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Copycats try Siberian’s dangerous liquid nitrogen challenge

By Derek Lambie
25 November 2014

Video of scientist doing spectacular -195C ice bucket stunt goes viral on Internet prompting daredevil craze.

It is possible for liquid nitrogen to pass on top of human flesh without freezing, however. This is as a result of something called the Leidenfrost effect. Picture: Dmitry Shilov

video of a Siberian scientist doing an ice bucket challenge with liquid nitrogen has sparked a wave of dangerous copycats after going viral on the Internet. Daredevil Anton Sharypov, 34, became a sensation after filming himself pouring the bitterly cold -195 degree Celsius liquid over his head and body.

His stunt was arguably the most spectacular of the spate of ice bucket challenges to have taken place around the world, and it was assumed it would be a unique one-off.

But instead it has prompted a legion of others following suit, eager for their own ten seconds of fame, with Twitter hashtags featuring the words #azotbaketchellendzh (#nitrogenbucketchallenge).

More videos have appeared online including that of another Siberian, 28-year-old thermal engineer Mikhail Demidov. Shown standing outdoors in a dark and snowy street in Novosibirsk, he strips down to his underwear before taking a bucket of the substance and tipping it over his head.

Mr Demidov, who runs a science business, said he wanted to do it to emulate the original daredevil and show that all Siberians are just as tough. He tells the camera: 'Look, we Siberians, we can do it. No burns, everything is fine.'

Mikhail Demidov takes challenge with nitrogen


Mikhail Demidov takes challenge with nitrogen


Mikhail Demidov takes challenge with nitrogen

28-year-old thermal engineer Mikhail Demidov taking a bucket of liquid nitrogen and tipping it over his head. Pictures: Mikhail Demidov

Liquid nitrogen is nitrogen in a liquid state at an extremely low temperature, but upon contact with a solid – such as living tissue – it will freeze almost immediately. Commonly handled in science laboratories, it is also used by the medical profession to treat and kill warts because it can burn skin.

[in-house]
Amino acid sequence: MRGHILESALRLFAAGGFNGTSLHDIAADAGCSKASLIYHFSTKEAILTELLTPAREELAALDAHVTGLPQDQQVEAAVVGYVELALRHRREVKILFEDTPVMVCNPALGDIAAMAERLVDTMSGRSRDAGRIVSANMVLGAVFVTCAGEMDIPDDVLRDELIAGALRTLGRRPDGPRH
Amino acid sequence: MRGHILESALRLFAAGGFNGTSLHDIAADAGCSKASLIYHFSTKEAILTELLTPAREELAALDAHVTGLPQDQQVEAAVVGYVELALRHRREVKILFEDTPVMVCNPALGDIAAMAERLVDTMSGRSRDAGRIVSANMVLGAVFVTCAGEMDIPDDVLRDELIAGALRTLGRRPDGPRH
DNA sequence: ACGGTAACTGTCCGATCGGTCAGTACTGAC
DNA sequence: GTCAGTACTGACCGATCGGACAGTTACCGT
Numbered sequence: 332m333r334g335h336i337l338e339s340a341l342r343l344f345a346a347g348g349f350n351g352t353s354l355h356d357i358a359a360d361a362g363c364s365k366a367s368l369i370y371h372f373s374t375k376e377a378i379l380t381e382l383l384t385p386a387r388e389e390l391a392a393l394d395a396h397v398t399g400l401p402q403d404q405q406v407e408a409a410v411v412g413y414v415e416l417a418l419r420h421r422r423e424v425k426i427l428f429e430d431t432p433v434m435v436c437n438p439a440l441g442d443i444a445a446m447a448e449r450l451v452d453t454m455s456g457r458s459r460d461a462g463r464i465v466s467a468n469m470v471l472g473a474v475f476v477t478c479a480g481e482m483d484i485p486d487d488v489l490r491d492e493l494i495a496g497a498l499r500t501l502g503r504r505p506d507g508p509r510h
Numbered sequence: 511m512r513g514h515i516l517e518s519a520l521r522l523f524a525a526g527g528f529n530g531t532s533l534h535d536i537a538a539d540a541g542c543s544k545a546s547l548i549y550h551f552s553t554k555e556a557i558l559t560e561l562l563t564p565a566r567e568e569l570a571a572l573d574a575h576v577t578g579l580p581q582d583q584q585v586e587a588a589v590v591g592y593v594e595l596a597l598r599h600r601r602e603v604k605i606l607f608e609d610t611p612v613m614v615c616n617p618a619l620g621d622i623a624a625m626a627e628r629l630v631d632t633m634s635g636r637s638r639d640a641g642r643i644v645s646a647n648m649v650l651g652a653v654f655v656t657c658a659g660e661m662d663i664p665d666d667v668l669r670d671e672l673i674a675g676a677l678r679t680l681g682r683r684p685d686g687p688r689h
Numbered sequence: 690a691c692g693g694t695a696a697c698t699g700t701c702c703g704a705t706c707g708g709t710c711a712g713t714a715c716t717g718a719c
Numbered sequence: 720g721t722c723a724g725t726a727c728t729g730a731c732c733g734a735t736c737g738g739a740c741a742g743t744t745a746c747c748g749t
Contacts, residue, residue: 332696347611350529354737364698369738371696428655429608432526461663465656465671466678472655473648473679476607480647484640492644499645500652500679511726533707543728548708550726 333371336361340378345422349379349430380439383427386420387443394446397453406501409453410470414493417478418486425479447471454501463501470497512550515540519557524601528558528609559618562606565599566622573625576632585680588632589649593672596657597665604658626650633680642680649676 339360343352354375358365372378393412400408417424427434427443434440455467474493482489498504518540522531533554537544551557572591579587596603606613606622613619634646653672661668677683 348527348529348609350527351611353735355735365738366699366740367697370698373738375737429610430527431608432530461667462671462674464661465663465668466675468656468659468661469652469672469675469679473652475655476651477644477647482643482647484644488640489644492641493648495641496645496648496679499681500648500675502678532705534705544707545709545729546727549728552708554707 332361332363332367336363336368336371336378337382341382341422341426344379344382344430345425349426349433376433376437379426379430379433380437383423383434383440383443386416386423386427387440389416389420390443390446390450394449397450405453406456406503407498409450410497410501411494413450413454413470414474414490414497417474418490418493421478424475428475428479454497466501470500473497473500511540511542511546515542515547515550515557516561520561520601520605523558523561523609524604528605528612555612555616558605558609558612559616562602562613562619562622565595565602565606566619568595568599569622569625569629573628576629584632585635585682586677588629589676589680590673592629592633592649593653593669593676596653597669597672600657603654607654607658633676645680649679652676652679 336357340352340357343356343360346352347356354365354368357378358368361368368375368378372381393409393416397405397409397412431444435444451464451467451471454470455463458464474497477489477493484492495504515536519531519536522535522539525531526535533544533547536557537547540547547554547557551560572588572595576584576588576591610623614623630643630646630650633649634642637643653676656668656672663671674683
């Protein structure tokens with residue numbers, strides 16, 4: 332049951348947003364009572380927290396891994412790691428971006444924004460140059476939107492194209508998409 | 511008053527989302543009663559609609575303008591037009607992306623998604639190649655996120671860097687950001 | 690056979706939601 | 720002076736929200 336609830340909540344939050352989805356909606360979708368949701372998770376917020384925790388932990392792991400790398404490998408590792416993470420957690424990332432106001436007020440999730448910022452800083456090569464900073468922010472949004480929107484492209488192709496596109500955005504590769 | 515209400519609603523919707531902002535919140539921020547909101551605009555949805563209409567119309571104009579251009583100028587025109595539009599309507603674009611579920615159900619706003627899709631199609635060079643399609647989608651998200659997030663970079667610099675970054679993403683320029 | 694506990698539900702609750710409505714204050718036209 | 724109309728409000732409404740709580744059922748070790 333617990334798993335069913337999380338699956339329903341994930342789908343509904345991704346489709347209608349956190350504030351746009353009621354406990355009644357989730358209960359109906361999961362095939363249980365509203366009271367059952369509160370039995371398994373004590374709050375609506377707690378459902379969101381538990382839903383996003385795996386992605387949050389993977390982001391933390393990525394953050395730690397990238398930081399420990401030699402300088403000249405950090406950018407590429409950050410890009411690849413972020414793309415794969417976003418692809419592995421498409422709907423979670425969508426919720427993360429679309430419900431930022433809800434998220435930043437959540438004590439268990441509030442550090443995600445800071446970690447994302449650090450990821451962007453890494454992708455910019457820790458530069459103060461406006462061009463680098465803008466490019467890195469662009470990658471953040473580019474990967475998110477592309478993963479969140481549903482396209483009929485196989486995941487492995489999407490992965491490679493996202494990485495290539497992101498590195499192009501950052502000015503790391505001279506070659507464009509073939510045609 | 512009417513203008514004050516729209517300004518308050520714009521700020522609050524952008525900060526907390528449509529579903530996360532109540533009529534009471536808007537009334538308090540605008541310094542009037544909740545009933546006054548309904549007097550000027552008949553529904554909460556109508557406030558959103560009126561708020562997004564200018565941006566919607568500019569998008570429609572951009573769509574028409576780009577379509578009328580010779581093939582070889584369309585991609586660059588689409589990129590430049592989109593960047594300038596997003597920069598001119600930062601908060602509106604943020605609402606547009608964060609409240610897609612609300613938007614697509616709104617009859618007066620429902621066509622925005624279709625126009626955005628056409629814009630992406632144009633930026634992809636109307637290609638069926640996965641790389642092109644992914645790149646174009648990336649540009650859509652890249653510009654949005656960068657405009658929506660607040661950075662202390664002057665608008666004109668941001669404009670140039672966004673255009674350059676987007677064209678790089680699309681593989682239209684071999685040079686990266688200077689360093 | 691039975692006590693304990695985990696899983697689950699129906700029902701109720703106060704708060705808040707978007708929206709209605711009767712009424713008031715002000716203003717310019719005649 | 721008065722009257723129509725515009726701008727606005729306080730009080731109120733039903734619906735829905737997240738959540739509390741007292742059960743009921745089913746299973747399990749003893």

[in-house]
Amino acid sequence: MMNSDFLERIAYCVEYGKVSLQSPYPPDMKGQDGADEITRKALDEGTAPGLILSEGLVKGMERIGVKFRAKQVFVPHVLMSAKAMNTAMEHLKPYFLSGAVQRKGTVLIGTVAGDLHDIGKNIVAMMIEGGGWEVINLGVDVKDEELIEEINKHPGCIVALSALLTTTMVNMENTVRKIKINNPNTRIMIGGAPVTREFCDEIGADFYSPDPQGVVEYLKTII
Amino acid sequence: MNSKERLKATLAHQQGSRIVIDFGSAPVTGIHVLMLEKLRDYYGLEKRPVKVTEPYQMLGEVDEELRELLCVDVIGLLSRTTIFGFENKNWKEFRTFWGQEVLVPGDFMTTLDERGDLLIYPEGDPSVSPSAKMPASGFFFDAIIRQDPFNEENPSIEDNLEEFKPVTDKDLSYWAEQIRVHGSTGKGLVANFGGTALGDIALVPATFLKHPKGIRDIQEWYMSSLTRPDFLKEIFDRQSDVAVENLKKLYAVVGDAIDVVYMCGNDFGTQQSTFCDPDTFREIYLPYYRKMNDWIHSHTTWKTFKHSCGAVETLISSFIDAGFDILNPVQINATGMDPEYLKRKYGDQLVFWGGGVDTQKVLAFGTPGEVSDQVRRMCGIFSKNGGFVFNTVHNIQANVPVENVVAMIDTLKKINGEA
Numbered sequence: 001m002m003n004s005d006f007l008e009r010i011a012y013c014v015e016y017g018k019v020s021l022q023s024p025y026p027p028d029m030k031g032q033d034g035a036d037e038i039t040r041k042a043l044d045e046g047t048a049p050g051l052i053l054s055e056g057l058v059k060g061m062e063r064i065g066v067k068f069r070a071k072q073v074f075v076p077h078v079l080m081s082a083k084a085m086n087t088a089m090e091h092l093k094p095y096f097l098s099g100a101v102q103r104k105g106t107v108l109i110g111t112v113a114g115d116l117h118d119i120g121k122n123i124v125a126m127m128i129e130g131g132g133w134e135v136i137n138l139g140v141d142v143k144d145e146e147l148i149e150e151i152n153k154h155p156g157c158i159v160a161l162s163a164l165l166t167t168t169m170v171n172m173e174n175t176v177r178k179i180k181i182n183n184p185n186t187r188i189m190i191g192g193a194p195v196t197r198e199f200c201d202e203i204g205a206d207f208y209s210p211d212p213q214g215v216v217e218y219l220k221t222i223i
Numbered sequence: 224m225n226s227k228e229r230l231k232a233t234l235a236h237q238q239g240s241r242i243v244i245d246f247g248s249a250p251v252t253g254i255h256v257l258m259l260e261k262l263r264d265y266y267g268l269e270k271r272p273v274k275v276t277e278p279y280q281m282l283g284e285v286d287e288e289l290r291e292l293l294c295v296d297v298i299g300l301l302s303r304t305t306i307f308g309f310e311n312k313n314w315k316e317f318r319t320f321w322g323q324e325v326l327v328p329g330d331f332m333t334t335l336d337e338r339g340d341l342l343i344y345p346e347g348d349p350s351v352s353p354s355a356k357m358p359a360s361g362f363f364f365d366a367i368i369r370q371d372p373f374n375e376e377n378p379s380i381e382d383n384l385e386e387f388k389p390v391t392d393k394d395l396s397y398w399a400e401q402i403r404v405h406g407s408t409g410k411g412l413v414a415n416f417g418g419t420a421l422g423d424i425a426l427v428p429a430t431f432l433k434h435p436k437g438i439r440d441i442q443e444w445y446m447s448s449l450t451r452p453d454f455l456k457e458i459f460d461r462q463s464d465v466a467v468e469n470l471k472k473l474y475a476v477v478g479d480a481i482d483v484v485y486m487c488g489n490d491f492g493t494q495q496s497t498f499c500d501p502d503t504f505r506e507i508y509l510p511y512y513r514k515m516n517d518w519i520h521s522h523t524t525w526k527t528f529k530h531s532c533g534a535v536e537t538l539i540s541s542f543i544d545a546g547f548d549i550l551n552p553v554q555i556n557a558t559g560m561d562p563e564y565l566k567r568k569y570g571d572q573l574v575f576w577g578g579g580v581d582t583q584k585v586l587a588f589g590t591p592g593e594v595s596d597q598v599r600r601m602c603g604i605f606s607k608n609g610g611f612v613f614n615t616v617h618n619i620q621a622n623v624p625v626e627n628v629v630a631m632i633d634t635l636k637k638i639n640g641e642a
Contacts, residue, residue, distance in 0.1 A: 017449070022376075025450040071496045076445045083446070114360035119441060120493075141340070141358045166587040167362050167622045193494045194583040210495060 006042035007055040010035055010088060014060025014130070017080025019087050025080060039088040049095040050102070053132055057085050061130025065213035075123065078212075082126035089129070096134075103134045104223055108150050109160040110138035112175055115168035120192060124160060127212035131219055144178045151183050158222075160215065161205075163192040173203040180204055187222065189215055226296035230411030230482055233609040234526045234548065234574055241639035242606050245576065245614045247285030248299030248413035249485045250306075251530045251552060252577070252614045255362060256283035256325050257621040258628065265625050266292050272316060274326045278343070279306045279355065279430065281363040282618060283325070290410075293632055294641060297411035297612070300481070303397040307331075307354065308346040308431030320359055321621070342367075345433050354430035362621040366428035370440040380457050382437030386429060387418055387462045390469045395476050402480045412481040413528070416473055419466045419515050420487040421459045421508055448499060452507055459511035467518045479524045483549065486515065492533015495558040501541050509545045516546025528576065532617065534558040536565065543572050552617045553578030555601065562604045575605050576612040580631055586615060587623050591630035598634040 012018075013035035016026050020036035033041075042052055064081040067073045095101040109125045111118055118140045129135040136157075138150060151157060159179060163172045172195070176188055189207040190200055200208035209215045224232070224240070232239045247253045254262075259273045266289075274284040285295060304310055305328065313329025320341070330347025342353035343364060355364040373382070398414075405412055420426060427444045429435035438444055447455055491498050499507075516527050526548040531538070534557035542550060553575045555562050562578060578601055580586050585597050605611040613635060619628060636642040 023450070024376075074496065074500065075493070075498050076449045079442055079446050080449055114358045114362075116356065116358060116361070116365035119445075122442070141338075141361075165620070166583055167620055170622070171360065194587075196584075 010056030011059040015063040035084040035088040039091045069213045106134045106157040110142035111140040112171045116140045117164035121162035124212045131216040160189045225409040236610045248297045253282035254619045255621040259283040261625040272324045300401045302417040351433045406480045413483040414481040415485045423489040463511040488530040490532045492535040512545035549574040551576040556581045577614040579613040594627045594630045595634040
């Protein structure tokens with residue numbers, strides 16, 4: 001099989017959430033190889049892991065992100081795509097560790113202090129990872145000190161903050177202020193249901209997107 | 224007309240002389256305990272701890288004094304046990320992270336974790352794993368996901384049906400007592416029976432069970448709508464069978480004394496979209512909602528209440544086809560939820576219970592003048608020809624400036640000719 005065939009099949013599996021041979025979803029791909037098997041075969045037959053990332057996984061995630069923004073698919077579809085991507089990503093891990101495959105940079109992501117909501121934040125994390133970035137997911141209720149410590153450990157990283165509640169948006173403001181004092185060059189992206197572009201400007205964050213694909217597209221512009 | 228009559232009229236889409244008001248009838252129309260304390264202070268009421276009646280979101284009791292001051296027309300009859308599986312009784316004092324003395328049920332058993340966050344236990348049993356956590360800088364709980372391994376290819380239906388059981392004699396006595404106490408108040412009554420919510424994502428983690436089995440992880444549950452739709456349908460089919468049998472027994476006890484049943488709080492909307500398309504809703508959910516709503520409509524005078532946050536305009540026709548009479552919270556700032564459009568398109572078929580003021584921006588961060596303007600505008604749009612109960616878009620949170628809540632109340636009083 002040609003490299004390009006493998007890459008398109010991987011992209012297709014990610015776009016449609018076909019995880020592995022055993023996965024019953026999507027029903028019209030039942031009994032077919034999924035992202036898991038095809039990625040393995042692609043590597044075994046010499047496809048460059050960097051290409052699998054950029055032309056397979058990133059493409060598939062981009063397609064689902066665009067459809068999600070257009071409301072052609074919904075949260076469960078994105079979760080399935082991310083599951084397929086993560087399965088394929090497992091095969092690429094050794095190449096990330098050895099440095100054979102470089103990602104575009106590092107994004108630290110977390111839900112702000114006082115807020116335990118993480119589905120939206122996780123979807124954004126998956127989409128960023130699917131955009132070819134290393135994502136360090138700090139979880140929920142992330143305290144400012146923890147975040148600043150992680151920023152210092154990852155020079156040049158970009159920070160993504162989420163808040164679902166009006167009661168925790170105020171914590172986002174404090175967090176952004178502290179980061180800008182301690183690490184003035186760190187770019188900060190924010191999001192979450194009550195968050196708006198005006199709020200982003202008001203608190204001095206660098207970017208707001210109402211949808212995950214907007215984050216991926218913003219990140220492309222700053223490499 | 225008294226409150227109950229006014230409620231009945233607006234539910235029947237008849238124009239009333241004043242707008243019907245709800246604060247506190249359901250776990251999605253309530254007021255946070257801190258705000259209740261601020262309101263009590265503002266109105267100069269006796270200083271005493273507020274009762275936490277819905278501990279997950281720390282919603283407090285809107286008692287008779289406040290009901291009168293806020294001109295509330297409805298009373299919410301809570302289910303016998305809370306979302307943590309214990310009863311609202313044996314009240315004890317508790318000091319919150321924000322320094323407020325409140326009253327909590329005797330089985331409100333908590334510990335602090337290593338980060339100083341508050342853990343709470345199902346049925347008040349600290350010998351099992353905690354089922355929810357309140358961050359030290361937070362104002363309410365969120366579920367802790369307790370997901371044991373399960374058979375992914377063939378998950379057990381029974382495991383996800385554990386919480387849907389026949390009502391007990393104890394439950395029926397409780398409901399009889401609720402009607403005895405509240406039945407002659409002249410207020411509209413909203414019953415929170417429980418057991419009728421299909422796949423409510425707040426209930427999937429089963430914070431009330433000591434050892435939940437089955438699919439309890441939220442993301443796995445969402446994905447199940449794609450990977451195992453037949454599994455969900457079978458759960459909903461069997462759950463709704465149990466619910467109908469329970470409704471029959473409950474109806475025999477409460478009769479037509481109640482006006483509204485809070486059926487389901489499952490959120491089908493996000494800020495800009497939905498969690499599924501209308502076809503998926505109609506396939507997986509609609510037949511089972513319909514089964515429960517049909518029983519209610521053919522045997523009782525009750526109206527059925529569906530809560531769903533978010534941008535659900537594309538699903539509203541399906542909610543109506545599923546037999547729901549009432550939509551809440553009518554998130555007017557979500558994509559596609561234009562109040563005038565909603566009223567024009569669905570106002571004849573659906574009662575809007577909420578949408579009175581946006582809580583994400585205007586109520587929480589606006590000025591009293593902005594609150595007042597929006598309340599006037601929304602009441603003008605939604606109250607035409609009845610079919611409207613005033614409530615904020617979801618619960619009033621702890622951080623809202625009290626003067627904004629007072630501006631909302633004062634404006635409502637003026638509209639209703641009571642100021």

But it can be dangerous and in 1999 a lab assistant in Scotland died from asphyxiation caused by a spillage of liquid nitrogen in a store room. Then, two years ago, a young woman in England had her stomach removed after taking a cocktail made with the substance.

It is possible for liquid nitrogen to pass on top of human flesh without freezing, however.

This is as a result of something called the Leidenfrost effect in which a liquid produces a layer of insulating vapours that prevents it coming into direct contact with a surface significantly hotter than its -196 degree Celsius boiling point. It means that when it comes into contact with warm human skin, it simply skims off the surface.

But, if a human hand was placed into liquid nitrogen and it cooled down below the Leidenfrost point, it would burn and freeze instantly.

Anton Sharypov


Anton Sharypov taking liquid nitrogen shower


Anton Sharypov taking liquid nitrogen shower


Anton Sharypov is not frozen

Anton Sharypov, 34, became a sensation after filming himself pouring the bitterly cold -195 degree Celsius liquid over his head and body. Pictures: Dmitry Shilov

In his video Mr Sharypov, a 34-year-old physicist from Krasnoyarsk, shows how the liquid nitrogen freezes leaves from a nearby tree before he pours it onto himself.

Uploaded to the YouTube channel of Dmitry Shilov, as part of a project called 'What happens if we try this?', he tells viewers beforehand: 'I am putting my faith in the laws of physics, biology and mathematics and I hope nothing will go wrong.'

Just to make sure he is not frozen solid after taking the liquid shower, his friend pokes him to check he is still soft as the intrepid scientist laughs into the camera.

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